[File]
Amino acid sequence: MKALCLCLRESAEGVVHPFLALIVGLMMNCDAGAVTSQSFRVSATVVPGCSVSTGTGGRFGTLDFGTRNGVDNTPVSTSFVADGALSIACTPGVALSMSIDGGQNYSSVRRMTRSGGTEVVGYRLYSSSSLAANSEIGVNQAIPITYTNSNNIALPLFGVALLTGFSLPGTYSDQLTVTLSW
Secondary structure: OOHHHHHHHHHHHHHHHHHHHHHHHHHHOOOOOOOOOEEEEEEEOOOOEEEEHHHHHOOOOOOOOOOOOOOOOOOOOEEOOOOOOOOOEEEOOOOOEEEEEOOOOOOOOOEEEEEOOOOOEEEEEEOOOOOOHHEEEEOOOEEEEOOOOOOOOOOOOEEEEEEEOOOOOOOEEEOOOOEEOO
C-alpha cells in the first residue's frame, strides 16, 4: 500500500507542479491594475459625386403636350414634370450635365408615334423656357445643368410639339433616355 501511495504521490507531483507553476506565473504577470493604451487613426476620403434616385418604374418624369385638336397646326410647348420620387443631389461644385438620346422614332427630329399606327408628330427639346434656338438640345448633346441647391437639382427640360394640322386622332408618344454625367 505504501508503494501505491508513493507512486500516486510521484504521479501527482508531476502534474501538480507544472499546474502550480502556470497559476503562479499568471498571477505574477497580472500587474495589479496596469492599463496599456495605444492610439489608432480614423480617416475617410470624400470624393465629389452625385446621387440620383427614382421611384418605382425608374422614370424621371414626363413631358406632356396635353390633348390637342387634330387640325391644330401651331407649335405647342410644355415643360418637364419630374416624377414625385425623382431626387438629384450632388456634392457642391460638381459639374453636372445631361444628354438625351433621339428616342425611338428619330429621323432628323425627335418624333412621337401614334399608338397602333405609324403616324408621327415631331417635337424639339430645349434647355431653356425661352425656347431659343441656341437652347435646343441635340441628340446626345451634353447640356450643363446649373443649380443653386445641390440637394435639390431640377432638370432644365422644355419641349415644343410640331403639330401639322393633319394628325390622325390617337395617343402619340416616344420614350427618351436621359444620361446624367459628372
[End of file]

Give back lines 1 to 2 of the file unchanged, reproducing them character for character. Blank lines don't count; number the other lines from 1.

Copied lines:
Amino acid sequence: MKALCLCLRESAEGVVHPFLALIVGLMMNCDAGAVTSQSFRVSATVVPGCSVSTGTGGRFGTLDFGTRNGVDNTPVSTSFVADGALSIACTPGVALSMSIDGGQNYSSVRRMTRSGGTEVVGYRLYSSSSLAANSEIGVNQAIPITYTNSNNIALPLFGVALLTGFSLPGTYSDQLTVTLSW
Secondary structure: OOHHHHHHHHHHHHHHHHHHHHHHHHHHOOOOOOOOOEEEEEEEOOOOEEEEHHHHHOOOOOOOOOOOOOOOOOOOOEEOOOOOOOOOEEEOOOOOEEEEEOOOOOOOOOEEEEEOOOOOEEEEEEOOOOOOHHEEEEOOOEEEEOOOOOOOOOOOOEEEEEEEOOOOOOOEEEOOOOEEOO